This is the dilemma I’ve faced within the American education system. We are so focused on a goal, whether it be passing a test, or graduating as first in the class. However, in this way, we do not really learn. We do whatever it takes to achieve our original objective.

Some of you may be thinking, “Well, if you pass a test, or become valedictorian, didn’t you learn something? Well, yes, you learned something, but not all that you could have. Perhaps, you only learned how to memorize names, places, and dates to later on forget in order to clear your mind for the next test. School is not all that it can be. Right now, it is a place for most people to determine that their goal is to get out as soon as possible.

I am now accomplishing that goal. I am graduating. I should look at this as a positive experience, especially being at the top of my class. However, in retrospect, I cannot say that I am any more intelligent than my peers. I can attest that I am only the best at doing what I am told and working the system. Yet, here I stand, and I am supposed to be proud that I have completed this period of indoctrination. I will leave in the fall to go on to the next phase expected of me, in order to receive a paper document that certifies that I am capable of work. But I contest that I am a human being, a thinker, an adventurer – not a worker. A worker is someone who is trapped within repetition – a slave of the system set up before him. But now, I have successfully shown that I was the best slave. I did what I was told to the extreme. While others sat in class and doodled to later become great artists, I sat in class to take notes and become a great test-taker. While others would come to class without their homework done because they were reading about an interest of theirs, I never missed an assignment. While others were creating music and writing lyrics, I decided to do extra credit, even though I never needed it. So, I wonder, why did I even want this position? Sure, I earned it, but what will come of it? When I leave educational institutionalism, will I be successful or forever lost? I have no clue about what I want to do with my life; I have no interests because I saw every subject of study as work, and I excelled at every subject just for the purpose of excelling, not learning. And quite frankly, now I’m scared.

John Taylor Gatto, a retired school teacher and activist critical of compulsory schooling, asserts, “We could encourage the best qualities of youthfulness – curiosity, adventure, resilience, the capacity for surprising insight simply by being more flexible about time, texts, and tests, by introducing kids into truly competent adults, and by giving each student what autonomy he or she needs in order to take a risk every now and then. But we don’t do that.” Between these cinderblock walls, we are all expected to be the same. We are trained to ace every standardized test, and those who deviate and see light through a different lens are worthless to the scheme of public education, and therefore viewed with contempt.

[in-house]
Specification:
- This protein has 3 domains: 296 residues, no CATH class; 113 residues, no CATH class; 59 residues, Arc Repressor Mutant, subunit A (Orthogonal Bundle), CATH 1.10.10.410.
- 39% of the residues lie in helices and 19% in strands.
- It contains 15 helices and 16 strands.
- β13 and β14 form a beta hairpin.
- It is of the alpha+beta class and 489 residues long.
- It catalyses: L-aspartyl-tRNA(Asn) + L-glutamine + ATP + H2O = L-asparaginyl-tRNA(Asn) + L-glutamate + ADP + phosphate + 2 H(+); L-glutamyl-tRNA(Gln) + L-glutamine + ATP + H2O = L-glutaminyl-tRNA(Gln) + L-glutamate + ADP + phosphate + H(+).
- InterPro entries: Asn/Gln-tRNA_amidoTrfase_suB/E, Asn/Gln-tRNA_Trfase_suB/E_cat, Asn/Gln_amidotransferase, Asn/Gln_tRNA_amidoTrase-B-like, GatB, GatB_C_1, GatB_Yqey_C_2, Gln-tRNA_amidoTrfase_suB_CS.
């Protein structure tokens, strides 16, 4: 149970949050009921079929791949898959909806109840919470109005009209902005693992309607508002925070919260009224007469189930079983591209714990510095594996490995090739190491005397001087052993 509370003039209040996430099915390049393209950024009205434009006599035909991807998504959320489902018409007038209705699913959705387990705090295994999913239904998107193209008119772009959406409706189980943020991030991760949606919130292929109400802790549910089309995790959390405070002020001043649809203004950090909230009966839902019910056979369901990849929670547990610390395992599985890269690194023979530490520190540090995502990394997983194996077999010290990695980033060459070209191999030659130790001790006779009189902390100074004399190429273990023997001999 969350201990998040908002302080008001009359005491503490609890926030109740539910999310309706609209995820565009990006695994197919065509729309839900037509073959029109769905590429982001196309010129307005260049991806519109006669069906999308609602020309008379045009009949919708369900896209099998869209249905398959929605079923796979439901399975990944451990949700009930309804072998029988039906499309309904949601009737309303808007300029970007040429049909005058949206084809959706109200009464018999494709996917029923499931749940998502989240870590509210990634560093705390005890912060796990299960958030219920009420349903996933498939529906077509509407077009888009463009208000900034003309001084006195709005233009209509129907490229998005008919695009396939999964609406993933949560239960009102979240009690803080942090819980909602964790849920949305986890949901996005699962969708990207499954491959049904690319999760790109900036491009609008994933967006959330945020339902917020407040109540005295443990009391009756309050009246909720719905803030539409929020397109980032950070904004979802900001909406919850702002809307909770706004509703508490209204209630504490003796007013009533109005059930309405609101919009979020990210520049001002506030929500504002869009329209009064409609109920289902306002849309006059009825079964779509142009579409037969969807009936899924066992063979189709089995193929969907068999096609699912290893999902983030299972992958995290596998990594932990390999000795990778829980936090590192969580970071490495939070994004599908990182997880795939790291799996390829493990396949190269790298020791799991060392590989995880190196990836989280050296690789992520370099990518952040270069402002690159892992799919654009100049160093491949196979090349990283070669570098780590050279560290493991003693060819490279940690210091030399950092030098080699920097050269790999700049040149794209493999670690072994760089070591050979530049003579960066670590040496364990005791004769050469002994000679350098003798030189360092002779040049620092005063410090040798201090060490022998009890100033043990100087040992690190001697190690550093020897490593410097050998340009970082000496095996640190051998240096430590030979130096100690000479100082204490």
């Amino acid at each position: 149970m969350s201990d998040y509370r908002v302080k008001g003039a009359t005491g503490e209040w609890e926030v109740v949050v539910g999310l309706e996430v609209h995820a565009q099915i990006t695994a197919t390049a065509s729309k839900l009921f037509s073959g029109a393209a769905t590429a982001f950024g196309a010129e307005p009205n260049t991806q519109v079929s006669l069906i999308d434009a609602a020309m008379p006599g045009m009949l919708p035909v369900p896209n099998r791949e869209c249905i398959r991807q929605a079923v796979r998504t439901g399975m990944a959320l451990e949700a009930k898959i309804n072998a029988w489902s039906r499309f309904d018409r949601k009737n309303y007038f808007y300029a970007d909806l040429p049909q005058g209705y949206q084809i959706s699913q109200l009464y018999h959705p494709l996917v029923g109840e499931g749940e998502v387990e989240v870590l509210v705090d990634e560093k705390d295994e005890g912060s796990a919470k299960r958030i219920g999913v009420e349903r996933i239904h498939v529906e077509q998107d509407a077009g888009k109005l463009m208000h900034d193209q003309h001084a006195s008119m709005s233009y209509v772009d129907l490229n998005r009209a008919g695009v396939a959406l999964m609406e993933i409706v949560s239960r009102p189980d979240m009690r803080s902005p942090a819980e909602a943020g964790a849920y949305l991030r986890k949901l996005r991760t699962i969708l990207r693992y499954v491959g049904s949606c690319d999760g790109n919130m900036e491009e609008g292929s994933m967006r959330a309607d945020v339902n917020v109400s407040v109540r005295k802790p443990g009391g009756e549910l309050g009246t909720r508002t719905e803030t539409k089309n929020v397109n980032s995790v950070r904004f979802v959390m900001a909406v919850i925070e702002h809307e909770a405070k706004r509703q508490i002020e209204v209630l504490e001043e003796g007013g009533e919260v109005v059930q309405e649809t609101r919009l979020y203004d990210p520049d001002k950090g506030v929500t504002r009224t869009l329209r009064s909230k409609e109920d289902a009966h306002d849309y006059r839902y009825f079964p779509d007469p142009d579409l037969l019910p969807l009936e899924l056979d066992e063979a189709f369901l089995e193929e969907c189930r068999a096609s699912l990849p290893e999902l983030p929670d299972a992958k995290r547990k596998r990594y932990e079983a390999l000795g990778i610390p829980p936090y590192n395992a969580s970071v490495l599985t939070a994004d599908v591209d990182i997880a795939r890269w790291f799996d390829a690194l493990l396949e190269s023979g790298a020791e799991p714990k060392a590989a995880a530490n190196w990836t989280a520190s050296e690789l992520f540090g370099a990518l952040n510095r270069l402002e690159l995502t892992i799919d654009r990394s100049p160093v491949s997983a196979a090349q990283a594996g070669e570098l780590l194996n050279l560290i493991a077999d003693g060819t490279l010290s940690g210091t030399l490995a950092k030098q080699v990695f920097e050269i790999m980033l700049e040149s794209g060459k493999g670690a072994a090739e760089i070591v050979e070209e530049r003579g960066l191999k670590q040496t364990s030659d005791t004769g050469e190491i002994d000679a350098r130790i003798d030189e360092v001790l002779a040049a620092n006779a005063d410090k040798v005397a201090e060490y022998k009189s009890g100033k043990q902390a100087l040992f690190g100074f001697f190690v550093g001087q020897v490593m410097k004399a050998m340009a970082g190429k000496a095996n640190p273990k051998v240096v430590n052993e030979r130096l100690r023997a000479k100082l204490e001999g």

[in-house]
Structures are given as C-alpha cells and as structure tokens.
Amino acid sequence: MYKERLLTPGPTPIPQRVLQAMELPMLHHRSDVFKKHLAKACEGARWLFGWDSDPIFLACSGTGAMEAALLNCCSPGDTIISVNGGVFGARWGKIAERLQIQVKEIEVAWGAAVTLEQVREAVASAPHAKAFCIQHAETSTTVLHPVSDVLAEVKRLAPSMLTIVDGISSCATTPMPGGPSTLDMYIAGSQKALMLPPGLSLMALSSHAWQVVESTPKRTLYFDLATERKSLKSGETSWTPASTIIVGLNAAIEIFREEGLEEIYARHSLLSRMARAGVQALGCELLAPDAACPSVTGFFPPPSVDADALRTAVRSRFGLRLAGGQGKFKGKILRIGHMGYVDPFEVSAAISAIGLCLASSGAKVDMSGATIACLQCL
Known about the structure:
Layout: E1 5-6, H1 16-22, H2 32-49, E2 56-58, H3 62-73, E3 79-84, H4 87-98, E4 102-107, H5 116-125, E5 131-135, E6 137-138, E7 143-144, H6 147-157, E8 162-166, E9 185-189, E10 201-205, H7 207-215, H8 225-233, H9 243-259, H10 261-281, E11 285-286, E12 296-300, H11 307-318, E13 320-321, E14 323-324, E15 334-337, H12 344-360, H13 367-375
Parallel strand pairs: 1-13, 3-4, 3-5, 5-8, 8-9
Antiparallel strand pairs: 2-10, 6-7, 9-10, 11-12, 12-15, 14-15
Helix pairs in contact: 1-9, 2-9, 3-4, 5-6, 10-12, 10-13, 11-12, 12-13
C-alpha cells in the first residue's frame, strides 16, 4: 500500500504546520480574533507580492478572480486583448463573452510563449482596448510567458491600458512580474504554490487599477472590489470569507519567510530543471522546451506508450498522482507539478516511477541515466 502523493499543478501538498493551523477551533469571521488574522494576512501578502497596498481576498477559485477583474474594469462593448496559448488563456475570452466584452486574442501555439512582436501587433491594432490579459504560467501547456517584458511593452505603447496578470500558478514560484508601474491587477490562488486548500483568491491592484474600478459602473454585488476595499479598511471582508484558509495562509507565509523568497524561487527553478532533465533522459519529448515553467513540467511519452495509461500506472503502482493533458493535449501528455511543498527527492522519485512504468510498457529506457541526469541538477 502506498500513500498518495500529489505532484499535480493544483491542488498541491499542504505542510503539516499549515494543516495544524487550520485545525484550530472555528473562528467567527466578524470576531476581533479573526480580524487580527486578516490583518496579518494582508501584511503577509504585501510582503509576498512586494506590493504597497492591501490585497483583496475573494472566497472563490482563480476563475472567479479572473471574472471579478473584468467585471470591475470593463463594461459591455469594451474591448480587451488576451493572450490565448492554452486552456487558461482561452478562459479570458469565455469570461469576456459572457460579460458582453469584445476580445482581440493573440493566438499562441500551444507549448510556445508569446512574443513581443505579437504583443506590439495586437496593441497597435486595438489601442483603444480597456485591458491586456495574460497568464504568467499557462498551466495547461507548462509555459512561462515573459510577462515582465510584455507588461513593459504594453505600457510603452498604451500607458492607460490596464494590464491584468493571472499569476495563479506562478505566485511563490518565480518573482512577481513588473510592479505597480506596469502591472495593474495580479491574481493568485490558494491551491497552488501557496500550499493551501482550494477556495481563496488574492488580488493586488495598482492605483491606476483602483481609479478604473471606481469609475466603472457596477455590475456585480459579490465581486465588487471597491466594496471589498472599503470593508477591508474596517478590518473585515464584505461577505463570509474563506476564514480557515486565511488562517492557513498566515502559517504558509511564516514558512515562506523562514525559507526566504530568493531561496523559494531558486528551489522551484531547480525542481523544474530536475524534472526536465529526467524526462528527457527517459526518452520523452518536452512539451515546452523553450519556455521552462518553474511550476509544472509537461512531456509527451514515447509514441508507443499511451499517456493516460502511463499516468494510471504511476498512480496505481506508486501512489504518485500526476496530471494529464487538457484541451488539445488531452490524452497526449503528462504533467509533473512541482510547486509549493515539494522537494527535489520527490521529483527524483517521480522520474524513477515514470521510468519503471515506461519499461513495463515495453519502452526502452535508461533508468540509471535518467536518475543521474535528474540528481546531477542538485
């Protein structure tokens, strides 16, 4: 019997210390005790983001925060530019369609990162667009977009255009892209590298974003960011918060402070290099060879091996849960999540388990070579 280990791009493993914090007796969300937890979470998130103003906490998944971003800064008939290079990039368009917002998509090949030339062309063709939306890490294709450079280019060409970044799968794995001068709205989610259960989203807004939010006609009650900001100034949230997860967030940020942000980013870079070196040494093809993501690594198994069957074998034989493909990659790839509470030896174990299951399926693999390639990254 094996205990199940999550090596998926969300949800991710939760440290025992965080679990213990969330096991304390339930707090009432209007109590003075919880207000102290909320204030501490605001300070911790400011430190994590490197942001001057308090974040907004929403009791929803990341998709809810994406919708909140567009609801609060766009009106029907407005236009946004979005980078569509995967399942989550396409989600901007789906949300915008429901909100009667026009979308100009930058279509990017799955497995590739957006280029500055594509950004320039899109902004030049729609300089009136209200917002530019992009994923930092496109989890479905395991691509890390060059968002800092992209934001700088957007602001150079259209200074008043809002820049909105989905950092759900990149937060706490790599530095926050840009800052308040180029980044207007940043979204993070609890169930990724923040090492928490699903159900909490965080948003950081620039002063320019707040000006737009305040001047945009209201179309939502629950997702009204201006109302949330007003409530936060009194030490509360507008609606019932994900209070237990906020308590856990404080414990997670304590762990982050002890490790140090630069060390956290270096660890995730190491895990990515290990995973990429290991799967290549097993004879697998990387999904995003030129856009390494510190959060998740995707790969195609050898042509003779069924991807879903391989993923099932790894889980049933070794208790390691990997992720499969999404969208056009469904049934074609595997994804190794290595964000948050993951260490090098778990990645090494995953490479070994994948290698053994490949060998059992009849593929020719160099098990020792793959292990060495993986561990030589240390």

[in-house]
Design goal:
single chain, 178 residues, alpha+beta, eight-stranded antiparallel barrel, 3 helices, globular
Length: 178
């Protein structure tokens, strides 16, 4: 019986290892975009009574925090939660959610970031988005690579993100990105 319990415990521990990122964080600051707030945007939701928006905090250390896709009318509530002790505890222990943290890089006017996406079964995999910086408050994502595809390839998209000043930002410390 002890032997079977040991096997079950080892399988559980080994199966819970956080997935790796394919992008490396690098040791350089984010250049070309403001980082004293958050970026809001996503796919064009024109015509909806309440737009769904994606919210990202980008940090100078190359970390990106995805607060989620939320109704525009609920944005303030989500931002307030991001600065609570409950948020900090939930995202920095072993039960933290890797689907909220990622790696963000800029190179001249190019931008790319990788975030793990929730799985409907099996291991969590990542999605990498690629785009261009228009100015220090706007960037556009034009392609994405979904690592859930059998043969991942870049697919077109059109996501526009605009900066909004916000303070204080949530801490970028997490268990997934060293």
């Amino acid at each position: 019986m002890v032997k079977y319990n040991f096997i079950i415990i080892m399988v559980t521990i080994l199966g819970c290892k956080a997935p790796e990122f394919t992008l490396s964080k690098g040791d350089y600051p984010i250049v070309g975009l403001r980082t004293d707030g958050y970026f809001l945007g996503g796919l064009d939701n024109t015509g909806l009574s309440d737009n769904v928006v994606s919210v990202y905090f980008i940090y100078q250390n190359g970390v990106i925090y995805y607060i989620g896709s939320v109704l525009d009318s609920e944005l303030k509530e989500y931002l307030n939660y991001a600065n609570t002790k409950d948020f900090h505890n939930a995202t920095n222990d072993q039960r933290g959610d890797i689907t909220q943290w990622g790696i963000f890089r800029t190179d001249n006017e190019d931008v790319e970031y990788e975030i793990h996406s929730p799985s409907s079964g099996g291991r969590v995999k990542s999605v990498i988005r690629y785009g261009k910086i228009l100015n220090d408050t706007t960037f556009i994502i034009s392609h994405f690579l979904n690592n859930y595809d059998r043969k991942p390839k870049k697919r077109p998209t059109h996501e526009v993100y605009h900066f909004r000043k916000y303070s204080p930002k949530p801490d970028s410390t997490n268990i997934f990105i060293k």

H. L. Mencken wrote in The American Mercury for April 1924 that the aim of public education is not “to fill the young of the species with knowledge and awaken their intelligence. … Nothing could be further from the truth. The aim … is simply to reduce as many individuals as possible to the same safe level, to breed and train a standardized citizenry, to put down dissent and originality. That is its aim in the United States.”

Comment: The full passage reads: “The aim of public education is not to spread enlightenment at all; it is simply to reduce as many individuals as possible to the same safe level, to breed and train a standardized citizenry, to down dissent and originality. That is its aim in the United States, whatever pretensions of politicians, pedagogues other such mountebanks, and that is its aim everywhere else.”
To illustrate this idea, doesn’t it perturb you to learn about the idea of “critical thinking.” Is there really such a thing as “uncritically thinking?” To think is to process information in order to form an opinion. But if we are not critical when processing this information, are we really thinking? Or are we mindlessly accepting other opinions as truth?

This was happening to me, and if it wasn’t for the rare occurrence of an avant-garde tenth grade English teacher, Donna Bryan, who allowed me to open my mind and ask questions before accepting textbook doctrine, I would have been doomed. I am now enlightened, but my mind still feels disabled. I must retrain myself and constantly remember how insane this ostensibly sane place really is.

And now here I am in a world guided by fear, a world suppressing the uniqueness that lies inside each of us, a world where we can either acquiesce to the inhuman nonsense of corporatism and materialism or insist on change. We are not enlivened by an educational system that clandestinely sets us up for jobs that could be automated, for work that need not be done, for enslavement without fervency for meaningful achievement. We have no choices in life when money is our motivational force. Our motivational force ought to be passion, but this is lost from the moment we step into a system that trains us, rather than inspires us.